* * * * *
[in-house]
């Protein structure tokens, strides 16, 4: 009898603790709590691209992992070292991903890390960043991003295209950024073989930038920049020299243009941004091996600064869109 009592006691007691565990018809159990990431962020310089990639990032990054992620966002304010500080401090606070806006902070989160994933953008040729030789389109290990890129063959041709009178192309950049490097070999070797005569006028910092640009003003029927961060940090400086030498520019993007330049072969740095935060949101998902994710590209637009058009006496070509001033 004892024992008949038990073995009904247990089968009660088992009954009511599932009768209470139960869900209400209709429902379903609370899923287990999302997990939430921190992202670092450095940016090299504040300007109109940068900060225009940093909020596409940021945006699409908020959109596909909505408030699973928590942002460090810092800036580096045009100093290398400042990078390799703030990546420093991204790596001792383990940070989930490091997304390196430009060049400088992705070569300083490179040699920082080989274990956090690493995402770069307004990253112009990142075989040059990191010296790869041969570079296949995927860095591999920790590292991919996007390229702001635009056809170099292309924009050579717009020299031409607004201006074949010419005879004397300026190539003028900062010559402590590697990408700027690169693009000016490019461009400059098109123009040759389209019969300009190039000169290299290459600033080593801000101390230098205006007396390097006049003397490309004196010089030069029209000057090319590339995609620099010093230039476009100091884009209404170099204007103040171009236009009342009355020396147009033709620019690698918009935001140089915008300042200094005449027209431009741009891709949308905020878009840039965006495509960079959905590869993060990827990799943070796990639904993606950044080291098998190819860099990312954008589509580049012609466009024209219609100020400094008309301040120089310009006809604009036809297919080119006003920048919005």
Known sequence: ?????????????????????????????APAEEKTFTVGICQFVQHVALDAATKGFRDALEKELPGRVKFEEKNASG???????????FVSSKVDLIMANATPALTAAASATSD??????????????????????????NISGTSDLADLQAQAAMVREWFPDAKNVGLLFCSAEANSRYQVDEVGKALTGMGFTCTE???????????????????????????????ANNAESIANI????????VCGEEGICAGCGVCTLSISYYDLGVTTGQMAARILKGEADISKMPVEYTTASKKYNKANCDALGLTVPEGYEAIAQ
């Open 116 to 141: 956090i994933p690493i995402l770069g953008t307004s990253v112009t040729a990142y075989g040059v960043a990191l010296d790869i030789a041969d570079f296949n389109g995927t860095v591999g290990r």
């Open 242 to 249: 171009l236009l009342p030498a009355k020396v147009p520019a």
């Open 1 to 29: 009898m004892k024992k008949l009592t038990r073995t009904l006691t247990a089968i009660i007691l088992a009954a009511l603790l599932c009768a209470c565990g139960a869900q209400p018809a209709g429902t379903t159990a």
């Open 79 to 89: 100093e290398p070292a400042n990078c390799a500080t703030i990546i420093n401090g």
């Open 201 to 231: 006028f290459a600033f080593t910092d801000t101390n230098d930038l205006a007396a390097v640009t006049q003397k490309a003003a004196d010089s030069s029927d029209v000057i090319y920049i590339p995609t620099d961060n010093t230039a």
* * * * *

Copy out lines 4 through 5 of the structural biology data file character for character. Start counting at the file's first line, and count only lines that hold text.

């Open 116 to 141: 956090i994933p690493i995402l770069g953008t307004s990253v112009t040729a990142y075989g040059v960043a990191l010296d790869i030789a041969d570079f296949n389109g995927t860095v591999g290990r």
């Open 242 to 249: 171009l236009l009342p030498a009355k020396v147009p520019a």